Natural gas is projected to be the fastest-growing major fuel over the next two decades, according to research by ExxonMobil (NYSE: XOM ) . Not only is gas currently much cheaper than oil on an energy-equivalent basis, but it also produces significantly less greenhouse gas emissions -- a crucial advantage as global warming becomes an increasingly serious threat to the environment.
Given natural gas' huge advantages over other fossil fuels, let's take a closer look at the three most important factors that will drive demand for the cleaner-burning fuel over the next several years.
The largest single source of natural gas demand over the next few years is expected to come from utilities' power generation needs. According to projections by Enterprise Products Partners, the nation's largest midstream company, power generation will boost natural gas demand by 4 to 7 Bcfd over the next 5-7 years.
Due to the combination of relatively low gas prices and higher coal prices, as well as new environmental regulations seeking to curb U.S. greenhouse gas emissions, approximately one-sixth of existing U.S. coal-fired capacity will be retired by 2020, according to the EIA. Some of the largest utility companies in the nation have already committed to retiring some of their older coal plants.
For instance, the Tennessee Valley Authority (NYSE: TVE ) earlier this year announced it would reduce coal's share of its electrical generation by about half by shuttering eight coal-fired power plants that have a combined capacity of 3,300 megawatts, while Duke Energy (NYSE: DUK ) said it will retire five coal-fired power plants in western Indiana by 2018 as part of a settlement reached in August.
The second major demand driver for natural gas over the next several years will come from LNG exports, as more and more countries join the global LNG trade. Fueled by expected economic growth in China, India, and other developing economies, global LNG demand is forecast to more than double by 2025, creating lucrative opportunities for well-positioned energy companies.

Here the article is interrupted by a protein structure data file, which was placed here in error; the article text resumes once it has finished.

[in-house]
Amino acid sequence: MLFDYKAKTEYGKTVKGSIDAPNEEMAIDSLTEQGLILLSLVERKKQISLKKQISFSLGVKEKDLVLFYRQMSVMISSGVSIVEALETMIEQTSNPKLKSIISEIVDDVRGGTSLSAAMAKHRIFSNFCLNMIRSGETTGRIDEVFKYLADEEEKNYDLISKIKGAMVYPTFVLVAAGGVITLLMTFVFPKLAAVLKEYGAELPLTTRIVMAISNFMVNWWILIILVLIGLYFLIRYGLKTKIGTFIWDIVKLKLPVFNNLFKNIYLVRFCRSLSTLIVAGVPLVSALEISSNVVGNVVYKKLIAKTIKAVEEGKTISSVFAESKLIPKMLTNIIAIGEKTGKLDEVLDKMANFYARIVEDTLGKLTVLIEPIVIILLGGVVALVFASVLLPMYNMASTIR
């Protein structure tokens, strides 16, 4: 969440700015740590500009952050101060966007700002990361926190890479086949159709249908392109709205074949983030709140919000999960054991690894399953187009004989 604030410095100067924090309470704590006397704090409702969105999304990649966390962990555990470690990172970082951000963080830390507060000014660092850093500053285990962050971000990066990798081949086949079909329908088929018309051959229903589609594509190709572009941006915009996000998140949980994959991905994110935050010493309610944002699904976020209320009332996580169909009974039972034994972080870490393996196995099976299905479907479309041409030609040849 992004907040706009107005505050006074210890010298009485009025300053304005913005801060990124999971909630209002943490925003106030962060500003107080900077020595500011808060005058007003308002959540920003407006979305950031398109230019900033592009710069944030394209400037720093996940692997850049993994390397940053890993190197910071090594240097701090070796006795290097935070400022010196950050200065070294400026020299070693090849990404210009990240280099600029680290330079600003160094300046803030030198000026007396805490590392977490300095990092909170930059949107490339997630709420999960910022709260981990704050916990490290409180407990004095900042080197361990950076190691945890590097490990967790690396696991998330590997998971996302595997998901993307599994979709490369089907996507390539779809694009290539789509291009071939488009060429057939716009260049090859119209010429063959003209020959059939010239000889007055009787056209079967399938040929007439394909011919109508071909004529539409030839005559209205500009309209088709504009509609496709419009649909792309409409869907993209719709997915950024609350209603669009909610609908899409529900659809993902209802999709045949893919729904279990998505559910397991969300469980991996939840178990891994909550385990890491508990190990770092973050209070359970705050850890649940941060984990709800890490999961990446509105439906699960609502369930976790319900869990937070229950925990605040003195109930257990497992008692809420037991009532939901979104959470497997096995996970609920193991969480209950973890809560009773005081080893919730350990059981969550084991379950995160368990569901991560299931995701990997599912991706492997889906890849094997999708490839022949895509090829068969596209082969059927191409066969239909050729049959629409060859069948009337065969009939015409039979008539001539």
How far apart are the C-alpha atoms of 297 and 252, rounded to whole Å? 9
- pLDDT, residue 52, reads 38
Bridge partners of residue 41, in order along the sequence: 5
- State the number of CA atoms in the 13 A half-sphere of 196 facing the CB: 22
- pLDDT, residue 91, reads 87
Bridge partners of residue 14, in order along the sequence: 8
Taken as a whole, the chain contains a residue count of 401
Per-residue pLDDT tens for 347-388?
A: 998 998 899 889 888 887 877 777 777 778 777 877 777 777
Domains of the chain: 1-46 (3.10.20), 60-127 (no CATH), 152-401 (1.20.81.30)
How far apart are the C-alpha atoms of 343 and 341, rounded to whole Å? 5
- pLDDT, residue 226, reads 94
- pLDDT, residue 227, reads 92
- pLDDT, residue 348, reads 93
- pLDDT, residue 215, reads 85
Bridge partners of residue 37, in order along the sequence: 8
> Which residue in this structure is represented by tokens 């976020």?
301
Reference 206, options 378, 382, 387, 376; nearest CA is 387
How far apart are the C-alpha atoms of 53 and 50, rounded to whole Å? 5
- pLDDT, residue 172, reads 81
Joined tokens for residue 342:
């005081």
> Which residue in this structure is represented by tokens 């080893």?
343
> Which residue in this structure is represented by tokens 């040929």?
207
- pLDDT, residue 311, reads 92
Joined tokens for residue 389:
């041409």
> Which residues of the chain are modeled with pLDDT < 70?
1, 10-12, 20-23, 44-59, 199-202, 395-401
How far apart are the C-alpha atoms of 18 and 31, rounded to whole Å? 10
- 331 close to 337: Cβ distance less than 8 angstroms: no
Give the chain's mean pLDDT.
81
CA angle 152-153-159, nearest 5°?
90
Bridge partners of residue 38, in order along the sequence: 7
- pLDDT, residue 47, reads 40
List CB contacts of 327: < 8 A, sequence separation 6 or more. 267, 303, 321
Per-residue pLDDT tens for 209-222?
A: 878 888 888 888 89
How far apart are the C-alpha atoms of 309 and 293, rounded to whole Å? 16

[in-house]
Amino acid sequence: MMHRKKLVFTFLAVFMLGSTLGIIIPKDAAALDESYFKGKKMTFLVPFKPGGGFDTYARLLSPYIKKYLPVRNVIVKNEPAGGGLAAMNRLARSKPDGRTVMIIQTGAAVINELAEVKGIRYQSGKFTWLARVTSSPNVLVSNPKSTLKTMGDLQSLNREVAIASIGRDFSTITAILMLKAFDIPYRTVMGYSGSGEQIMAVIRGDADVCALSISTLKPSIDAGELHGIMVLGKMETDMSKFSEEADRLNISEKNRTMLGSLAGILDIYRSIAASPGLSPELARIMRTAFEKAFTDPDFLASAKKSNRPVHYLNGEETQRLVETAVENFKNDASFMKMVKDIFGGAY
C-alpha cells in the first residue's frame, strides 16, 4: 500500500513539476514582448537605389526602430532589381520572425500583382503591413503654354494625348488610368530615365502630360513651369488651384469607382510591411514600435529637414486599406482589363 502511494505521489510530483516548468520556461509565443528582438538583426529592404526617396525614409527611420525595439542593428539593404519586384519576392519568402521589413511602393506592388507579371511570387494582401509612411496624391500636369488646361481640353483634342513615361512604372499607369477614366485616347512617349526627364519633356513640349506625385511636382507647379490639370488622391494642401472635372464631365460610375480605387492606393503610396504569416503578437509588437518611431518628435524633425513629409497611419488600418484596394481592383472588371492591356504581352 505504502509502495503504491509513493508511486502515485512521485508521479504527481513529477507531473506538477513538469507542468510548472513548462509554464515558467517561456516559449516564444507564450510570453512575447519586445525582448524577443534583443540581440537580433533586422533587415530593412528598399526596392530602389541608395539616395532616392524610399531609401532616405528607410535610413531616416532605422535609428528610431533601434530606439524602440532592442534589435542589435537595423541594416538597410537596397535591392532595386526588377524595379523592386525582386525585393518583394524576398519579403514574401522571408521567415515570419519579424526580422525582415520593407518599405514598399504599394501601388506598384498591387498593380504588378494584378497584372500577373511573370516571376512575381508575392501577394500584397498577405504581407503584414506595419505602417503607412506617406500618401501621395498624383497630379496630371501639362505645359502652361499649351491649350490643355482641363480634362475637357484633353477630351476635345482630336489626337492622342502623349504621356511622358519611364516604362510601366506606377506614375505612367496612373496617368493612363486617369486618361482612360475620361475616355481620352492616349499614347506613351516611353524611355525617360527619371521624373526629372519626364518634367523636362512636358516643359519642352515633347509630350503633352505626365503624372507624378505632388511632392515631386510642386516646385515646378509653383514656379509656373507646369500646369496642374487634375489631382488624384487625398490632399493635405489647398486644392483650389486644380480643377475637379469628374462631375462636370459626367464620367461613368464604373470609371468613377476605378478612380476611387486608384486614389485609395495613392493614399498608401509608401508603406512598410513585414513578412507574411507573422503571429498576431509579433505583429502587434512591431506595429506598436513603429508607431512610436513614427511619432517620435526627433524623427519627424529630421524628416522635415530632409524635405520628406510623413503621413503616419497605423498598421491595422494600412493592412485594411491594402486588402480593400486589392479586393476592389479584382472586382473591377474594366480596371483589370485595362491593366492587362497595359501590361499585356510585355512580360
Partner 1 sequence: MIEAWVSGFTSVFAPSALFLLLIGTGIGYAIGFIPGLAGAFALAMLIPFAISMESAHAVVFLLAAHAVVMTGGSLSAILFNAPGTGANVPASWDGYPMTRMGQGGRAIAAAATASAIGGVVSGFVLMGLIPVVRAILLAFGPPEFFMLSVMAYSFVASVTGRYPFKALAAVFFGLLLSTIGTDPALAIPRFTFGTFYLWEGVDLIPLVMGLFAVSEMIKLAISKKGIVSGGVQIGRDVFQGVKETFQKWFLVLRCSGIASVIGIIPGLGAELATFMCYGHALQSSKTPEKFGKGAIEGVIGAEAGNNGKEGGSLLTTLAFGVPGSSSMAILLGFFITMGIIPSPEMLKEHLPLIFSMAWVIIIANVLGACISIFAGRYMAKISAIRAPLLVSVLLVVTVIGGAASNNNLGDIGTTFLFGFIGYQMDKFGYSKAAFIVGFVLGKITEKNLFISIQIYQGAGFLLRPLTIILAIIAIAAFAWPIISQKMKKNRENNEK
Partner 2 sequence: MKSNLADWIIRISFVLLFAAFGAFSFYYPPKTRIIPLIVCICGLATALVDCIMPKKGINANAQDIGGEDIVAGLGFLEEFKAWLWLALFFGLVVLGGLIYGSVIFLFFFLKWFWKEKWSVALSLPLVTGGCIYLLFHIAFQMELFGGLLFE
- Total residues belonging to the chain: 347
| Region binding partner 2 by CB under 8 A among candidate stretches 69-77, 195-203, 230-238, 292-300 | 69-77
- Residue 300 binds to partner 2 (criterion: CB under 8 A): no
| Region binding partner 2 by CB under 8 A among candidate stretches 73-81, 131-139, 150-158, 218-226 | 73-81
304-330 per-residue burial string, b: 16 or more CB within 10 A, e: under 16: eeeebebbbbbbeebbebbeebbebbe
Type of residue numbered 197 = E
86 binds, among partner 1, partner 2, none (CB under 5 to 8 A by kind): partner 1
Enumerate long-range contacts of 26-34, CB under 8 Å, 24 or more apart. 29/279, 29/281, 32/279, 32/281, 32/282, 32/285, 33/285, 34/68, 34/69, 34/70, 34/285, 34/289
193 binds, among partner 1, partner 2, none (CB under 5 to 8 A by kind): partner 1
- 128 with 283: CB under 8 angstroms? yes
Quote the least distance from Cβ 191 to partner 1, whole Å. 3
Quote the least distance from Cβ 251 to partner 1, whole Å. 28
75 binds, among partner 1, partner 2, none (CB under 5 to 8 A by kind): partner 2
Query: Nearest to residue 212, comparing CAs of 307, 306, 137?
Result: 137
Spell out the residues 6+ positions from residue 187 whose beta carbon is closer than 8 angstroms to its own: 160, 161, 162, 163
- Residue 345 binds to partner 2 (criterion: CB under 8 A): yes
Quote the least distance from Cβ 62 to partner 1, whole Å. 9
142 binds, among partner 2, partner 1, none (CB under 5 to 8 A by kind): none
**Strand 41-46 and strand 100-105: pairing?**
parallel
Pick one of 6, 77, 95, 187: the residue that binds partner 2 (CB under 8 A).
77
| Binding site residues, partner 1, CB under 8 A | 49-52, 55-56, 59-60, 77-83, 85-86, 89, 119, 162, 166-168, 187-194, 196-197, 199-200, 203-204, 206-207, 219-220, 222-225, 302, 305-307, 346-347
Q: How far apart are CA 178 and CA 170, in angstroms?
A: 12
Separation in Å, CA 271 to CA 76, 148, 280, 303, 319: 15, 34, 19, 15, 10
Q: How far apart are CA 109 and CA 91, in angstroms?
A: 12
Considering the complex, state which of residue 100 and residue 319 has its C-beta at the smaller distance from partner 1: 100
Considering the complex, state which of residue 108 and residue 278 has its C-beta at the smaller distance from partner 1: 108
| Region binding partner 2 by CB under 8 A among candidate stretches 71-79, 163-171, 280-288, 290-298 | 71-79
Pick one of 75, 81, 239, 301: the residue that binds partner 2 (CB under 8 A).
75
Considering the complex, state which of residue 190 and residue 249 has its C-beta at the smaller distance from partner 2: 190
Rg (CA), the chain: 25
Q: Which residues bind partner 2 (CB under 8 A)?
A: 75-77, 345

To date, the U.S. Department of Energy (DOE) has granted approval to four LNG export projects, including Cheniere Energy's (NYSEMKT: LNG ) Sabine Pass terminal in Louisiana, the first project to be authorized back in 2011. With more approvals expected over the next few years, LNG exports could add another 4 to 6 Bcfd of natural gas demand over the next 5-7 years, according to Enterprise Products Partners.
Demand from U.S. manufactures
The third major source of natural gas demand will come from U.S. manufacturers, including petrochemical, steel, and other energy-intensive concerns, which use natural gas as both a feedstock and a fuel source. As the price of gas has fallen over the past few years, a handful of U.S. chemical manufacturers have expanded their U.S. operations to take advantage of cheap domestic gas.
For instance, Dow Chemical (NYSE: DOW ) plans to spend some $4 billion to construct three new petrochemical facilities on the U.S. Gulf Coast, which will be fed by cheap feedstocks produced at an ethylene production plant the company plans to build in Freeport, Texas. Enterprise Products Partners reckons that industrial and petrochemicals operations could boost natural gas demand by 2 to 4 Bcfd over the next 5-7 years.
The bottom line
In addition to these three key drivers, the transportation sector could prove to be another major driver of demand. While natural gas has made significant inroads in the market for long-haul trucking, natural gas passenger vehicles have been slow to catch on due largely to their high costs and the limited number of refueling stations across the country.
But if entrepreneurial companies like Clean Energy Fuels, the biggest provider of natural gas fuel for transportation in North America, can accelerate the shift toward natural gas vehicles, natural gas demand could surge by more than 20 Bcfd over the next five to seven years.
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